Figure 4: The language-specific zip files contain examples working with the protoc compiler

Figure 4: The language-specific zip files contain examples working with the protoc compiler

Using protoc to auto-generate code

After downloading the operating system specific zip file, you'll unzip it and copy the file, protoc to a folder that is in your system's path. For example, if you are running on a Linux system, you'll navigate to folder that you unzipped from the downloaded zip file and then execute the following copy command:

cp bin/protoc /bin/protoc

Of course, this assumes that the folder /bin is defined in your system's PATH environment variable. Once protoc is added to your path, you'll be able to use it to auto-generate code from anywhere on your computer.

Once you have protoc installed on your computer, you'll use it to auto-generate gRPC code according to a particular plugin's scope. The command shown below in Listing 1 is an example of using protoc to auto-generate gRPC code for JavaScript. The details about the command follows.

protoc --proto_path=proto --js_out=library=simpleservice,binary:js_autogen \
  proto/simple.proto

WHERE

  • protoc is the command that invokes code auto-generation
  • --proto_path is the option the declares the relative location of the folder that contains the relevant .proto files
  • -js_out=library=simpleservice is the name of the Javascript file that will be created. This file will contain JavaScript objects that map to the messages defined in the .proto file. These objects will have functions for serializing and deserializing the object's data to and from the Protocol Buffers binary format.
  • binary:js_autogen is the option setting that defines the target folder location for the auto-generated files. This folder must exist before auto-generation is invoked.
  • proto/simple.proto is the location of the .proto file that is used as the basis for auto-generation

Listing 1: Using protoc to auto-generate gRPC boilerplate in Javascript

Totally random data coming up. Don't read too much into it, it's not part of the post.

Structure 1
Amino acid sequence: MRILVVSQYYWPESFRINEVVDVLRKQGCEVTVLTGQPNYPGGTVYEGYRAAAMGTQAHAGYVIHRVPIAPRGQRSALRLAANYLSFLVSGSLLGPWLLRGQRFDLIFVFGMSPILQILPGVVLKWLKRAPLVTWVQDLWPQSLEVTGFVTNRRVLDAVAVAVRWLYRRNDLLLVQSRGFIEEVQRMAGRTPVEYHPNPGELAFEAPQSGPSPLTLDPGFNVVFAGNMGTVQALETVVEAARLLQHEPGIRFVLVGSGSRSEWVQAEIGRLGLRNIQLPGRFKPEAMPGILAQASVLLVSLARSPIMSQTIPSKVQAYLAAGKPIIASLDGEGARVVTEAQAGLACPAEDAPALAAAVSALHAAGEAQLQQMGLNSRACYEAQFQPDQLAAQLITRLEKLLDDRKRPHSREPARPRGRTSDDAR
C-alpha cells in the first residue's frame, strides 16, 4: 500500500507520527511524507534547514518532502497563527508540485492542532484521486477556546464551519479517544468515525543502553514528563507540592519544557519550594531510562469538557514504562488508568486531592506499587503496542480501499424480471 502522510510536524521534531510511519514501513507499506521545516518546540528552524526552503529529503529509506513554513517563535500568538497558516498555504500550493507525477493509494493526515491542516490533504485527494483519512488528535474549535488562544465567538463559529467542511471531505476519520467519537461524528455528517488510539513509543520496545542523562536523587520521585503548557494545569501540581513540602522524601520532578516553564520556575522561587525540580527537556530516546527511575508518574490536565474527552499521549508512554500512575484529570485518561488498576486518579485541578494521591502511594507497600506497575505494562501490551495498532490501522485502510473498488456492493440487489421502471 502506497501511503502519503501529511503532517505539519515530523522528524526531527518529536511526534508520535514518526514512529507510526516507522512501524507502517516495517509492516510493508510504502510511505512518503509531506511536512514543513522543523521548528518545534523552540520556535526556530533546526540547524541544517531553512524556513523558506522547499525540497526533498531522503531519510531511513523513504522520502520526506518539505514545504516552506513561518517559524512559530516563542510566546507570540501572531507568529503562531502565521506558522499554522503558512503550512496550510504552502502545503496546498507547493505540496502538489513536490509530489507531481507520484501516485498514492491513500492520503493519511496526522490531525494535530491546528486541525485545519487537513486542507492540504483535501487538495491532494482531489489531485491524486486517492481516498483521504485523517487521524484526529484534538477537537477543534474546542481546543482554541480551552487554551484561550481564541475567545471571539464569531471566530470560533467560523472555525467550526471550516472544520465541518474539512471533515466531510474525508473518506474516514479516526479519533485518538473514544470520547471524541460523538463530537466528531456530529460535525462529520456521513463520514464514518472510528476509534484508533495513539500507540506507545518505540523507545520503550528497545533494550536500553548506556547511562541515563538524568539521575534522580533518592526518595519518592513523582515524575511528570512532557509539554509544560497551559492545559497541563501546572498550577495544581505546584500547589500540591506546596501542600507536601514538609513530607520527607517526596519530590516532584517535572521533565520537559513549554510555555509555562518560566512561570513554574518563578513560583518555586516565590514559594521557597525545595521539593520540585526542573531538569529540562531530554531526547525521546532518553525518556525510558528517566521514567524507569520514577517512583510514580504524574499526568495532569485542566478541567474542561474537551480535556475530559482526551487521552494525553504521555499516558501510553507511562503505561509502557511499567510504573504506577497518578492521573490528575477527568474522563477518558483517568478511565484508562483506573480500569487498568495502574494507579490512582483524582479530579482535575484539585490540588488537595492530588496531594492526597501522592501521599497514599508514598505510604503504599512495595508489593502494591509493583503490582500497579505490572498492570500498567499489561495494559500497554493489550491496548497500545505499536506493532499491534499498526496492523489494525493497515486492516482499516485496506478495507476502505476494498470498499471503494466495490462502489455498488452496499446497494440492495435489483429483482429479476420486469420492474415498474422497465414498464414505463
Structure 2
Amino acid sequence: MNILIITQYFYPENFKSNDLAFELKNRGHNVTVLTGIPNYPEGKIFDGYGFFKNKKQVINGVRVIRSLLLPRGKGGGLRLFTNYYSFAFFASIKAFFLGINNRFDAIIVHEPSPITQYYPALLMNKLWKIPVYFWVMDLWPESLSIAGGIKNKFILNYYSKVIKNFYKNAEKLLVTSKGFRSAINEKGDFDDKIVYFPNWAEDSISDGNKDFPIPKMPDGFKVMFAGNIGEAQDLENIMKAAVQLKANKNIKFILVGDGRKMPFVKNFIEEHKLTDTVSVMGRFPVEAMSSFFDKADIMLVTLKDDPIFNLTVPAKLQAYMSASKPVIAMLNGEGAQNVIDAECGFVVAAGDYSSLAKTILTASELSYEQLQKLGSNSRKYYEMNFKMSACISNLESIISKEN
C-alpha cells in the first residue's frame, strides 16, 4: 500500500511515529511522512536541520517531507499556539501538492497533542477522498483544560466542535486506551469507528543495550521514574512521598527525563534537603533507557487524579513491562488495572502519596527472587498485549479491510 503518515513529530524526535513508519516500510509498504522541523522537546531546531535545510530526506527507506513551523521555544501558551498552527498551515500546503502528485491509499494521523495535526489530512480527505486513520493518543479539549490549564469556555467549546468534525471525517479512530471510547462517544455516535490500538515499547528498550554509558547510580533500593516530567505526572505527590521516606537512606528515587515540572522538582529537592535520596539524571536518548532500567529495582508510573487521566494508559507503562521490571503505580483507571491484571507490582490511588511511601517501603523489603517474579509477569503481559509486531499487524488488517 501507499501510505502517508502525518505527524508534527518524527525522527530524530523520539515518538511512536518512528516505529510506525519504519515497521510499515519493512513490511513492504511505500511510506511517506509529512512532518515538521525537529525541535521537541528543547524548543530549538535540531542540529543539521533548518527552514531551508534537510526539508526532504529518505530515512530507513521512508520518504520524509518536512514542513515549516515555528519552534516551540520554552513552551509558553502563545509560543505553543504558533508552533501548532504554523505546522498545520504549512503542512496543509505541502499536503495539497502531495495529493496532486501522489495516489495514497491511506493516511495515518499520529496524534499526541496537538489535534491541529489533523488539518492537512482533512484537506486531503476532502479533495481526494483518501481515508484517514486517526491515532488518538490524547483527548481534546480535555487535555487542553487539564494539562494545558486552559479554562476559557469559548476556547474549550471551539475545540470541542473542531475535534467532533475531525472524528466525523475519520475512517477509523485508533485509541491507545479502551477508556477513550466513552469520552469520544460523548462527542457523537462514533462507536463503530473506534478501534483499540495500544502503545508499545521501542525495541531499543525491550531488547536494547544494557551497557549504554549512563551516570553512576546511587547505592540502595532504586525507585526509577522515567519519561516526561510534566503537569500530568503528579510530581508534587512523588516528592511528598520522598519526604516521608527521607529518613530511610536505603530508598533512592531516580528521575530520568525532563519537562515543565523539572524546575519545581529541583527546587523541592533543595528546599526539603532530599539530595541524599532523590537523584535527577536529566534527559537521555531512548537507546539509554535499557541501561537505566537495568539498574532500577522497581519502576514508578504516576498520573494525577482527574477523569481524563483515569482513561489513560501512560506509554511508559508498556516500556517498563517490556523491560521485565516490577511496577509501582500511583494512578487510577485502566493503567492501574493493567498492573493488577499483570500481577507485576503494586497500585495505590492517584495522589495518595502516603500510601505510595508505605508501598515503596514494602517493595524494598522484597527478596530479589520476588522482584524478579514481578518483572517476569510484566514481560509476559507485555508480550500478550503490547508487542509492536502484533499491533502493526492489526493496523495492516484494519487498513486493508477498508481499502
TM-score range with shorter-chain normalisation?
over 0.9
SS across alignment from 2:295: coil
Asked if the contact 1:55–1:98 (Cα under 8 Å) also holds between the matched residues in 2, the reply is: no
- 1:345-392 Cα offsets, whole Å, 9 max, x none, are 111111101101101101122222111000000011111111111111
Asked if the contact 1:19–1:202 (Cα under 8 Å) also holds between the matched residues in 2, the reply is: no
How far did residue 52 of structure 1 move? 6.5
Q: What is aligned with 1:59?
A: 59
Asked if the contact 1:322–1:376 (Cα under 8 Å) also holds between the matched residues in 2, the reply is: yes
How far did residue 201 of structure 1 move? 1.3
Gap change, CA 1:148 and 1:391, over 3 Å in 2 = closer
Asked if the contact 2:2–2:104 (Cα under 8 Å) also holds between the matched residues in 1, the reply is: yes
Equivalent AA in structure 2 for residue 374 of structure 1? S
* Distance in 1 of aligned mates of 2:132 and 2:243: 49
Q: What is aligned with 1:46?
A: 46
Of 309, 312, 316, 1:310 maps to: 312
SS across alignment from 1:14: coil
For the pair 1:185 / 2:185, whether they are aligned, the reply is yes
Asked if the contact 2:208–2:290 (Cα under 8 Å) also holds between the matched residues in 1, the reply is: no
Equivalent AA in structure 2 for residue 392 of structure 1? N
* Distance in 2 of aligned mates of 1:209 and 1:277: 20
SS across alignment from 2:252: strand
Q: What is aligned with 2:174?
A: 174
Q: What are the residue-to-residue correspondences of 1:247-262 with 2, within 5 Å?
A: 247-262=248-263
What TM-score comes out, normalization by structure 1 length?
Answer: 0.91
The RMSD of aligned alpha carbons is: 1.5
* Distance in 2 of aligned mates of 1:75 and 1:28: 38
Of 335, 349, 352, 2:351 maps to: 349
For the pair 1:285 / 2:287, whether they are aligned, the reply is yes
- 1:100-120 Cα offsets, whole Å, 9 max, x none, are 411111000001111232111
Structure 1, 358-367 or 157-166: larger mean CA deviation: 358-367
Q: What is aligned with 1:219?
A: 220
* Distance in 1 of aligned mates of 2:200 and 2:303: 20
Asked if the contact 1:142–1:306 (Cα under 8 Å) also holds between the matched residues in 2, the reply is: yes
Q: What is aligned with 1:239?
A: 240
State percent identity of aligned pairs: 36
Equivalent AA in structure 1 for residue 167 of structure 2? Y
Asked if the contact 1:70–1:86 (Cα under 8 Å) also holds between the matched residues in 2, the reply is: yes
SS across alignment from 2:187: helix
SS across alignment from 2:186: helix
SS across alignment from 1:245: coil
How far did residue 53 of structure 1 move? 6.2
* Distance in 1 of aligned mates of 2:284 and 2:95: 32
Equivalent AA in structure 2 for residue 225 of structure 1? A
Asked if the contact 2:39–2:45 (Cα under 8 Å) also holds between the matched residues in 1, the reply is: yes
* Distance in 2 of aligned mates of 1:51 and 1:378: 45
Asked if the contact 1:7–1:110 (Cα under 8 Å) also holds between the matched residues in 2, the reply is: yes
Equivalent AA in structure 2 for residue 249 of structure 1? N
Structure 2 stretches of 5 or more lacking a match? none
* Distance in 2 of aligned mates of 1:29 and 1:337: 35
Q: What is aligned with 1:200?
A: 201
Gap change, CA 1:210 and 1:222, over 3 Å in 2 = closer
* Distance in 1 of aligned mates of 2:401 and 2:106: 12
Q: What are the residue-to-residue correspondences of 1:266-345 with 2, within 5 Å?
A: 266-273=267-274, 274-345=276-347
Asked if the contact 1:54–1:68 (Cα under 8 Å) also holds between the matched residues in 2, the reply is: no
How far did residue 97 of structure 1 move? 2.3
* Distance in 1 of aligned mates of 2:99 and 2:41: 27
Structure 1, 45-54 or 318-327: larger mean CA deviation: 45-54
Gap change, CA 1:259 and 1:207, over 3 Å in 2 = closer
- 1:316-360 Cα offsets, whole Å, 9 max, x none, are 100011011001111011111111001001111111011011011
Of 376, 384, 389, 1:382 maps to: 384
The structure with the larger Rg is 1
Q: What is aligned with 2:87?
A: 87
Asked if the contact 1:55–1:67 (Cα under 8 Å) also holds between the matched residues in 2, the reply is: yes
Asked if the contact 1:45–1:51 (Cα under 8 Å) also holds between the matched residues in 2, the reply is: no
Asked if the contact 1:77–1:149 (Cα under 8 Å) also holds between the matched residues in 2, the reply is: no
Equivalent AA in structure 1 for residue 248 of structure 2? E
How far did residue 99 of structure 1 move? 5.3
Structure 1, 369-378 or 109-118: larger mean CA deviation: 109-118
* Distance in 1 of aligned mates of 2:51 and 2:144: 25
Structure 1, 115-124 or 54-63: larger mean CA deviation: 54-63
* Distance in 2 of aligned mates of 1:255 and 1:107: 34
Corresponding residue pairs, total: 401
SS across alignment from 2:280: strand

Figure 5 below shows the JavaScript code that is the result of running the protoc command described above in Listing 1. The code displayed within the Visual Studio Code IDE.

Figure 5: protoc for JavaScript will auto-generate objects that are described as messages in the relevant .proto file

Figure 5: protoc for JavaScript will auto-generate objects that are described as messages in the relevant .proto file.

As mentioned above, protoc supports a variety of languages for auto-generation. Listing 2 below shows the protoc command for auto-generating code in .NET/C#.

protoc --proto_path=proto --csharp_out=cs_autogen --csharp_opt=file_extension=.cs \
  proto/simple.proto

WHERE

  • protoc is the command that invokes code auto-generation
  • --proto_path is the option the declares the location of the folder that contains the relevant .proto files
  • --csharp_out=cs_autogen is the name of the folder where protoc will store the auto-generated code. In this case, the output folder is cs_gen
  • --csharp_opt=file_extension=.cs defines the file extension that will be applied to the output file. In this case, the file extension is defined to be .cs, which will result in an output file named Simples.cs. By default protoc names output files according to the name of the .proto file, which is simple.proto. Also, the plugin pascal cases the output file name. (The pascal case naming convention is one in which the first character in a word is upper case.) If the value of file_extension was set to --csharp_opt=file_extension=.cs, the output file will be Simple.pb.cs
  • proto/simple.proto is the location of the .proto file that is used as the basis for auto-generation

Listing 2: Using protoc to auto-generate gRPC boilerplate in .NET/C#

Figure 6 shown below displays the results of using protoc to auto-generate C# code.

Figure 6: The results of using protoc to auto-generate C# code

Figure 6: The results of using protoc to auto-generate C# code

Once you've generated the objects for the messages defined in the gRPC API's .proto file, you can use them in your development efforts.